Steelwork Maintenance and Repair

31/08/2017

We’ve Gone Pro! 

We’re always out taking pictures for site surveys or of finished products and find ourselves having to lug around a large bulky camera or fumble around with our phones to take pictures-  so we’ve opted to buy a Go-Pro to pack a pocket-sized punch to our equipment and photography needs.

The camera is small and portable and perfect for taking with us wherever we go but has great functionality for video footage too. If a picture says 1000 words, how many does a video say!? Video footage will help to make sense of any tricky site survey, allow discussion about our products and document installation guides for our steelwork. Stay tuned for more info!

A quick walk-around test of the camera functionality in our locality brings immediate ability to spot, and quickly document our findings on an area rejuvenation project along the Don Valley canal and to keep on topic, we take our focus to the steelwork maintenance.

A footbridge over the canal is being repainted and we’ll use our pictures to explain the process:

Our first image, below, shows the initial signs of deterioration of the tubular steelwork handrail over the bridge. We see from this image a few minor rust spots beneath the paintwork which give us a great indication that the steel is probably not galvanized. These rust spots are the metal corroding, and left without treatment could cause extensive damage over time.

Metalwork beginning to show signs of rusting

 

Our second image shows more extensive corrosion and we can now see that the rails are not galvanized, where we can view straight through to the bare rusting metal beneath the layers of paintwork. It seems from this image that the rails have been primer painted (undercoated) and then gloss painted over the top. There is absolutely nothing wrong with this method of treatment and painting, it is just one that will require reqular maintenance over the years to prevent any serious deterioration in the steel structure. The remedy for this corrosion would be to sand back the rust and current paintwork and apply another coat of primer paint and one to two coat of top coat gloss.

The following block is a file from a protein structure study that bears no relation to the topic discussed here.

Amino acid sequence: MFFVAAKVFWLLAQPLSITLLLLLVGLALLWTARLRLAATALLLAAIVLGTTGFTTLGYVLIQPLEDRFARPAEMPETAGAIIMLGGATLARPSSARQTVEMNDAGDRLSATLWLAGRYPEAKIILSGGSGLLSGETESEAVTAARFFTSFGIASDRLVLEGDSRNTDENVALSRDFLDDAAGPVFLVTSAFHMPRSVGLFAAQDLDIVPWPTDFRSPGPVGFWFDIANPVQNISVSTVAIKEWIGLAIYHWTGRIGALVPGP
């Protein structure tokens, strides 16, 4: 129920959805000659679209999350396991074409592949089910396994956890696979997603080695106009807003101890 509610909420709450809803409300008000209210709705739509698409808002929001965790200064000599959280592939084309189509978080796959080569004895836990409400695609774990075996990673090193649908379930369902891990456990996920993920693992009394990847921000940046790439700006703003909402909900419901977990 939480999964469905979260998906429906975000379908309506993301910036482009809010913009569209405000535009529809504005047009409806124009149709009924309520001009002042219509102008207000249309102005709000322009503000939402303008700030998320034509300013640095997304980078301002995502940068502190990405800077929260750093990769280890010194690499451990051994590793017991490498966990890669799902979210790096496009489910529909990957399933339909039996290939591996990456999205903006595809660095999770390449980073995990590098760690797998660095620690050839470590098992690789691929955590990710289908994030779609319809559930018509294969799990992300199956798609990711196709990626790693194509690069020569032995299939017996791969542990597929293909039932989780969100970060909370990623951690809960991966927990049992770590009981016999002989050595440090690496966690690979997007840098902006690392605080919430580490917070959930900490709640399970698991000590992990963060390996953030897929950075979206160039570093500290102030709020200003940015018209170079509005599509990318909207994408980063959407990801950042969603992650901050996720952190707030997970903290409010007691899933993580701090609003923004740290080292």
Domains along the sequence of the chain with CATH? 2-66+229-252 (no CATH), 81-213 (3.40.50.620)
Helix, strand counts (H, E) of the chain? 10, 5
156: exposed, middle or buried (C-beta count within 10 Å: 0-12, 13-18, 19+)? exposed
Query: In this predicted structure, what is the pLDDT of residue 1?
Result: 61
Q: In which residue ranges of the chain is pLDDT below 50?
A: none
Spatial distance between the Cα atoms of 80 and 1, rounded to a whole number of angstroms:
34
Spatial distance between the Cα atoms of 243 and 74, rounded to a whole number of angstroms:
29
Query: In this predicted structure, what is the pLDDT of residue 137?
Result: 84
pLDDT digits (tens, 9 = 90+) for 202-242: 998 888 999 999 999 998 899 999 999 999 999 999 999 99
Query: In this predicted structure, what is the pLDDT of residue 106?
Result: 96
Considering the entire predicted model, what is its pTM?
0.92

rusting steel handrail repairs
Extensive rusting along handrail length

 

Our third image, well quite honestly we’ve just tried to make it look a little arty! but what we see here is a repainted ring detail in the railings. All corrosion signs have been removed and the first layer of gloss paint has been applied. After the first coat, we still see some brush strokes and evidence of the primer paint beneath which could be left alone but for a more professional finish, another coat should be applied. We also see in the photo that there is white paint overlapped onto the black surrounds- when painting dual colours onto railings, always complete your lighter colour first, which can easily be painted over with the darker paint afterwards.

repainted metal railings
Repainted metal railing ring detail

 

In our final picture we see a completed area of metal railings to the bridge steps. The paint looks thick and the gloss is shining like new and it’s clear that the rails have had a couple of good coats of fresh paint. Railing maintenance requires regular upkeep so if you have a large area of railings, we’d recommend you spend a little more and go for a galvanized finish which will not rust for over 25 years.

repainted steel railings
Repainted steel railings to Sheffield canal bridge

 

DioMet also note that none of the above steelworks or painting maintenance were carried out by ourselves, we’re simply playing with our new toy camera! Stay tuned for more of what we see when we’re out and about!